In 1984, a former household tip site adjacent to the River Mersey was transformed into the country’s first ever garden festival. The International Garden Festival was a concept born from the Conservative government to regenerate Liverpool and drive tourism to the city in the wake of the Toxteth riots and industrial decline. A five month pageant from May to October, the International Garden Festival attracted some 3.4 million visitors with its mix of 60 ornamental gardens from all parts of the world and the centrepiece Festival Hall which contained various floral displays. When the festival closed its doors, a large part of the site was developed into residential housing, while the remainder experienced various incarnations as leisure and entertainment facilities, until it was left derelict in 1997 to fall into disrepair. In 2007, Liverpool City Council granted Langtree planning permission to develop a residential-led regeneration scheme of the festival gardens which included the restoration of the formal gardens and the development of 1,300 homes. This new dawn for the Festival Gardens has been a long time coming and represents a unique opportunity to create a public park which is befitting the spirit of the Garden Festival movement. The redevelopment work began in February 2010 and will see the Japanese gardens, sculptures, lakes and associated watercourses restored ahead of its re-opening. The Festival Gardens project is being managed by The Land Trust on behalf of the land owner Langtree and Liverpool City Council thanks to a grant of £3.7m from the Northwest Regional Development Agency (NWDA). This work is the first step in the regeneration of the site which will ultimately see new residential development sitting alongside the newly opened park.The site is situated on Riverside Drive, Liverpool.

 

LIVERPOOL JUNE 2012

 

See where this picture was taken. [?]

Picked up all at the same yard sale.

 

Trader Vic's Pacific Island Cookbook, c. 1968

 

A Taste of Aloha (Jr League of Honolulu) c, 2000

 

Betty Crockers Bisquick Cookbook, c. 1971

 

Atlanta Cooks for Company, c. 1968

 

Acworth's Favorite Recipes (Acworth Garden Club) circa 1960's

 

700 of the Best Household Tips, c. 1980

 

Foxfire 2, c.1973

 

Gems from Georgia's Kitchens (Garden Club of GA), c. 1963

  

A MERSEY VIEW

@ THE FESTIVAL GARDENS

    

In 1984, a former household tip site adjacent to the River Mersey was transformed into the country’s first ever garden festival. The International Garden Festival was a concept born from the Conservative government to regenerate Liverpool and drive tourism to the city in the wake of the Toxteth riots and industrial decline. A five month pageant from May to October, the International Garden Festival attracted some 3.4 million visitors with its mix of 60 ornamental gardens from all parts of the world and the centrepiece Festival Hall which contained various floral displays. When the festival closed its doors, a large part of the site was developed into residential housing, while the remainder experienced various incarnations as leisure and entertainment facilities, until it was left derelict in 1997 to fall into disrepair. In 2007, Liverpool City Council granted Langtree planning permission to develop a residential-led regeneration scheme of the festival gardens which included the restoration of the formal gardens and the development of 1,300 homes. This new dawn for the Festival Gardens has been a long time coming and represents a unique opportunity to create a public park which is befitting the spirit of the Garden Festival movement. The redevelopment work began in February 2010 and will see the Japanese gardens, sculptures, lakes and associated watercourses restored ahead of its re-opening. The Festival Gardens project is being managed by The Land Trust on behalf of the land owner Langtree and Liverpool City Council thanks to a grant of £3.7m from the Northwest Regional Development Agency (NWDA). This work is the first step in the regeneration of the site which will ultimately see new residential development sitting alongside the newly opened park.The site is situated on Riverside Drive, Liverpool.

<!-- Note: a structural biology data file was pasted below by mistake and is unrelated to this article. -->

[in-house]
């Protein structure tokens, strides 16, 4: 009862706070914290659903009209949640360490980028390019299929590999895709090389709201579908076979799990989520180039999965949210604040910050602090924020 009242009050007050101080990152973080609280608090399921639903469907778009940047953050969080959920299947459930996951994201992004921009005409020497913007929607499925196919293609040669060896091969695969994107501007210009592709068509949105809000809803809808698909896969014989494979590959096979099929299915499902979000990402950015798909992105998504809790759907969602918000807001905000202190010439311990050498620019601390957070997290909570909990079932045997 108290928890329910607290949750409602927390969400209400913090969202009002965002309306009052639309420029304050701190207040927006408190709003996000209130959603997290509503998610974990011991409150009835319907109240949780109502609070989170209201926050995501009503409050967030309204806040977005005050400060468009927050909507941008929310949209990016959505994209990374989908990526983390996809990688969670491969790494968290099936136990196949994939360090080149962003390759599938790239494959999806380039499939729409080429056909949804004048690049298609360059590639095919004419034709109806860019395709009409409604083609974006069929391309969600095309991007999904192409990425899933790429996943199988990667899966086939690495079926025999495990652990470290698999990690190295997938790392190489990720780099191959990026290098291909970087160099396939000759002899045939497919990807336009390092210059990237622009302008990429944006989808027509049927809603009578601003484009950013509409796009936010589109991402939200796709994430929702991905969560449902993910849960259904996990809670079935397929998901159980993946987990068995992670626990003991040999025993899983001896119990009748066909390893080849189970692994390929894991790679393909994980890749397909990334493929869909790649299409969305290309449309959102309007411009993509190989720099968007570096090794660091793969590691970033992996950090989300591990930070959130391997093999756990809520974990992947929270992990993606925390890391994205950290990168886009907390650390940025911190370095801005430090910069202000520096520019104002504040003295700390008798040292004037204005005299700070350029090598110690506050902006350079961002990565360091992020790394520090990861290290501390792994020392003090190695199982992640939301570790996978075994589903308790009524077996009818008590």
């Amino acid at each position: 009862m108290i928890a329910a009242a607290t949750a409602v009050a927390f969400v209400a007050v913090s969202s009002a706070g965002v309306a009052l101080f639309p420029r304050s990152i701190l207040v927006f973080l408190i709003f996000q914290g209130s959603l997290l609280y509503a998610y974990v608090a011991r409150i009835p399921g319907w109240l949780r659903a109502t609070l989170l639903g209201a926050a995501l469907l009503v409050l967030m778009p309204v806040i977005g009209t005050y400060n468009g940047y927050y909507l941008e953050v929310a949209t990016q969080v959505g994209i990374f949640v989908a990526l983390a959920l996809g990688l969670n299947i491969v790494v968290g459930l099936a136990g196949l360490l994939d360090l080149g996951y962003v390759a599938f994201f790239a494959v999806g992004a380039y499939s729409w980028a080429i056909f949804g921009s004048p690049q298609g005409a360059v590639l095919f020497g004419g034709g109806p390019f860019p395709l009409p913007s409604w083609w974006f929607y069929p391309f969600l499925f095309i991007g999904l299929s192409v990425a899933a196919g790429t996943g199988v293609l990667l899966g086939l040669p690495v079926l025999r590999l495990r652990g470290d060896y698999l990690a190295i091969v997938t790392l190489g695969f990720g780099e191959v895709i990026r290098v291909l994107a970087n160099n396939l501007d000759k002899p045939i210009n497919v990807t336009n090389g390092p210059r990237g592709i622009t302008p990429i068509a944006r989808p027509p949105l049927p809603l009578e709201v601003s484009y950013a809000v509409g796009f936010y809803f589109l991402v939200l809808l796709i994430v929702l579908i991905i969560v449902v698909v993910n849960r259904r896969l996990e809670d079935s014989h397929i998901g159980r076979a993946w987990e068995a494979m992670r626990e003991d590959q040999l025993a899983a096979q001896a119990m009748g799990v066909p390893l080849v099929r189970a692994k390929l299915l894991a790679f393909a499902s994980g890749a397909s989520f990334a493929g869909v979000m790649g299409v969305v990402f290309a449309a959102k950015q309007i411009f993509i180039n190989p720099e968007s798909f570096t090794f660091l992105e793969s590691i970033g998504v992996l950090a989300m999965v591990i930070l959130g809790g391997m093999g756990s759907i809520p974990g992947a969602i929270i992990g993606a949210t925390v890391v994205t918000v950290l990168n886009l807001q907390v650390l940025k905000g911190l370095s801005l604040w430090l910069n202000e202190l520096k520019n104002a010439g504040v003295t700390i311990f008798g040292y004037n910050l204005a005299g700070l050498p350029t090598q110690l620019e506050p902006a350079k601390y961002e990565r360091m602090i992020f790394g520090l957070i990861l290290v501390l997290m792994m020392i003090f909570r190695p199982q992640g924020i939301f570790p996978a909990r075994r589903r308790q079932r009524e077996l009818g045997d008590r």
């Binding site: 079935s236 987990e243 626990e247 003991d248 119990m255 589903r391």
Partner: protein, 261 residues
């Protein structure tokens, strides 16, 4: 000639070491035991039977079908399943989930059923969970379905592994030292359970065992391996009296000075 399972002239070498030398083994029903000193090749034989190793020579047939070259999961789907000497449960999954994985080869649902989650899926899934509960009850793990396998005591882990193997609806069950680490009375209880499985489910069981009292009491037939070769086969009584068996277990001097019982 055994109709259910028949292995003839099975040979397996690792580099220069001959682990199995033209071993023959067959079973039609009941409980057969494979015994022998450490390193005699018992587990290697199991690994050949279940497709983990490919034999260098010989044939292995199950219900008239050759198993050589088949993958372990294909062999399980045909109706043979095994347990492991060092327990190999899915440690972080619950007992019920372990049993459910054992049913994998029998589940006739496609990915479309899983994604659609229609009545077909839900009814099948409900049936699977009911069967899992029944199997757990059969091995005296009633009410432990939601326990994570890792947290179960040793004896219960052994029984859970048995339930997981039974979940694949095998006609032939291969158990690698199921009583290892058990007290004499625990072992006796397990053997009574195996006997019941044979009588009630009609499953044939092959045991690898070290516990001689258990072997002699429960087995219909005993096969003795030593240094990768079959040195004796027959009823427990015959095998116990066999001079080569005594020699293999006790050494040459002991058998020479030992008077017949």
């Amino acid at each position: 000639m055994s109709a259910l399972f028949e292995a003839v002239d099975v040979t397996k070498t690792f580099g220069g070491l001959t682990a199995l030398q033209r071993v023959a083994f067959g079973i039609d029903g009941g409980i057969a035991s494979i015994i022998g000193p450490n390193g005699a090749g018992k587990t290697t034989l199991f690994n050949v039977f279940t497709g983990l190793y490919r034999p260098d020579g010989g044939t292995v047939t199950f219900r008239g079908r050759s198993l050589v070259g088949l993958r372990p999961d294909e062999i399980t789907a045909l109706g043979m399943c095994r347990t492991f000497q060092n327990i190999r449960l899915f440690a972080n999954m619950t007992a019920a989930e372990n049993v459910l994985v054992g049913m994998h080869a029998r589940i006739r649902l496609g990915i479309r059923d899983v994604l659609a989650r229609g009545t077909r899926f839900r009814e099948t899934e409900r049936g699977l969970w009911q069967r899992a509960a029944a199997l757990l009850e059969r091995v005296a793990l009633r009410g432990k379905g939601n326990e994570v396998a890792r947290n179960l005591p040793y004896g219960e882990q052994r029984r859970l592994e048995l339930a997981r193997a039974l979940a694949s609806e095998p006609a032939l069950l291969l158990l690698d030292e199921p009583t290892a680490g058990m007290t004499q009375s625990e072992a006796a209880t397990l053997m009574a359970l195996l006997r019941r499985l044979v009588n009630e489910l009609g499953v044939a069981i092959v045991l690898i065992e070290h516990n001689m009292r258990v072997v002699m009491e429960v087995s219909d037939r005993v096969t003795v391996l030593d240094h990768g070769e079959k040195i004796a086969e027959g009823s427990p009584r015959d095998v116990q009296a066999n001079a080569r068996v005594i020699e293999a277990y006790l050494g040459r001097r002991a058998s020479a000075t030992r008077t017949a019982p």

LIVERPOOL JUNE 2012

  

See where this picture was taken. [?]

A WOODLAND PATH

@ THE FESTIVAL GARDENS

 

In 1984, a former household tip site adjacent to the River Mersey was transformed into the country’s first ever garden festival. The International Garden Festival was a concept born from the Conservative government to regenerate Liverpool and drive tourism to the city in the wake of the Toxteth riots and industrial decline. A five month pageant from May to October, the International Garden Festival attracted some 3.4 million visitors with its mix of 60 ornamental gardens from all parts of the world and the centrepiece Festival Hall which contained various floral displays. When the festival closed its doors, a large part of the site was developed into residential housing, while the remainder experienced various incarnations as leisure and entertainment facilities, until it was left derelict in 1997 to fall into disrepair. In 2007, Liverpool City Council granted Langtree planning permission to develop a residential-led regeneration scheme of the festival gardens which included the restoration of the formal gardens and the development of 1,300 homes. This new dawn for the Festival Gardens has been a long time coming and represents a unique opportunity to create a public park which is befitting the spirit of the Garden Festival movement. The redevelopment work began in February 2010 and will see the Japanese gardens, sculptures, lakes and associated watercourses restored ahead of its re-opening. The Festival Gardens project is being managed by The Land Trust on behalf of the land owner Langtree and Liverpool City Council thanks to a grant of £3.7m from the Northwest Regional Development Agency (NWDA). This work is the first step in the regeneration of the site which will ultimately see new residential development sitting alongside the newly opened park.The site is situated on Riverside Drive, Liverpool.